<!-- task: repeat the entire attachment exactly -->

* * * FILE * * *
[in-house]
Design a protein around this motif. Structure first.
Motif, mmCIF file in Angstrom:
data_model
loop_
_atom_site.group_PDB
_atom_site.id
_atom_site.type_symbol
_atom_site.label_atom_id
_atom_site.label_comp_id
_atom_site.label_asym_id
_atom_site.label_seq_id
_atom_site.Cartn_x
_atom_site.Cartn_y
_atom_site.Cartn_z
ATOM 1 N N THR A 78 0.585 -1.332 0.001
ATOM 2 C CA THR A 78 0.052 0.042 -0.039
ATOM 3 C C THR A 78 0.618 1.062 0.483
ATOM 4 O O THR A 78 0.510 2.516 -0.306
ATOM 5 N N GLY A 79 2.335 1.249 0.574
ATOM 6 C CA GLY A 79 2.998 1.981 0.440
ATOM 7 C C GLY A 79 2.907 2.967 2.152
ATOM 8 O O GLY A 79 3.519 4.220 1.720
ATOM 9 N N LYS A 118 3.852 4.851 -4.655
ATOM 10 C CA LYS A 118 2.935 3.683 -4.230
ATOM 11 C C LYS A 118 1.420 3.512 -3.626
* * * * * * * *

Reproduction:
[in-house]
Design a protein around this motif. Structure first.
Motif, mmCIF file in Angstrom:
data_model
loop_
_atom_site.group_PDB
_atom_site.id
_atom_site.type_symbol
_atom_site.label_atom_id
_atom_site.label_comp_id
_atom_site.label_asym_id
_atom_site.label_seq_id
_atom_site.Cartn_x
_atom_site.Cartn_y
_atom_site.Cartn_z
ATOM 1 N N THR A 78 0.585 -1.332 0.001
ATOM 2 C CA THR A 78 0.052 0.042 -0.039
ATOM 3 C C THR A 78 0.618 1.062 0.483
ATOM 4 O O THR A 78 0.510 2.516 -0.306
ATOM 5 N N GLY A 79 2.335 1.249 0.574
ATOM 6 C CA GLY A 79 2.998 1.981 0.440
ATOM 7 C C GLY A 79 2.907 2.967 2.152
ATOM 8 O O GLY A 79 3.519 4.220 1.720
ATOM 9 N N LYS A 118 3.852 4.851 -4.655
ATOM 10 C CA LYS A 118 2.935 3.683 -4.230
ATOM 11 C C LYS A 118 1.420 3.512 -3.626